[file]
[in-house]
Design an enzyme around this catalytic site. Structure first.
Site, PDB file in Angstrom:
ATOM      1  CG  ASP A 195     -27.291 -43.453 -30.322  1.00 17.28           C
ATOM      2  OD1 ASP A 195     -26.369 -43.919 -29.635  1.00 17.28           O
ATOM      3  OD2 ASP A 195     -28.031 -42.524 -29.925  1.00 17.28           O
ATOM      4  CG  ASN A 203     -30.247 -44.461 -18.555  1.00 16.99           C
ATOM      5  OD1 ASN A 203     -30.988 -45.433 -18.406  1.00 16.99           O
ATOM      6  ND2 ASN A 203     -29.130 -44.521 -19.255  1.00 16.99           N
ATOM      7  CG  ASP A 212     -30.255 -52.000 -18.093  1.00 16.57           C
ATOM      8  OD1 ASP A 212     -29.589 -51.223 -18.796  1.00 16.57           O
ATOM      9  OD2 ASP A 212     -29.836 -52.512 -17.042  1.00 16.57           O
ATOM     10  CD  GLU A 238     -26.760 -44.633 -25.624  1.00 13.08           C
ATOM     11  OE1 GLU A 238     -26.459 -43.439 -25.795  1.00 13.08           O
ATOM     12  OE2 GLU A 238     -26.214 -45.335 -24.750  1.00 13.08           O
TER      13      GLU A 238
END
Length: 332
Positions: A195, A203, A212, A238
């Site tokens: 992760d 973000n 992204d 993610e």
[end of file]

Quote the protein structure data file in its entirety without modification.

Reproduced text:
[in-house]
Design an enzyme around this catalytic site. Structure first.
Site, PDB file in Angstrom:
ATOM      1  CG  ASP A 195     -27.291 -43.453 -30.322  1.00 17.28           C
ATOM      2  OD1 ASP A 195     -26.369 -43.919 -29.635  1.00 17.28           O
ATOM      3  OD2 ASP A 195     -28.031 -42.524 -29.925  1.00 17.28           O
ATOM      4  CG  ASN A 203     -30.247 -44.461 -18.555  1.00 16.99           C
ATOM      5  OD1 ASN A 203     -30.988 -45.433 -18.406  1.00 16.99           O
ATOM      6  ND2 ASN A 203     -29.130 -44.521 -19.255  1.00 16.99           N
ATOM      7  CG  ASP A 212     -30.255 -52.000 -18.093  1.00 16.57           C
ATOM      8  OD1 ASP A 212     -29.589 -51.223 -18.796  1.00 16.57           O
ATOM      9  OD2 ASP A 212     -29.836 -52.512 -17.042  1.00 16.57           O
ATOM     10  CD  GLU A 238     -26.760 -44.633 -25.624  1.00 13.08           C
ATOM     11  OE1 GLU A 238     -26.459 -43.439 -25.795  1.00 13.08           O
ATOM     12  OE2 GLU A 238     -26.214 -45.335 -24.750  1.00 13.08           O
TER      13      GLU A 238
END
Length: 332
Positions: A195, A203, A212, A238
């Site tokens: 992760d 973000n 992204d 993610e």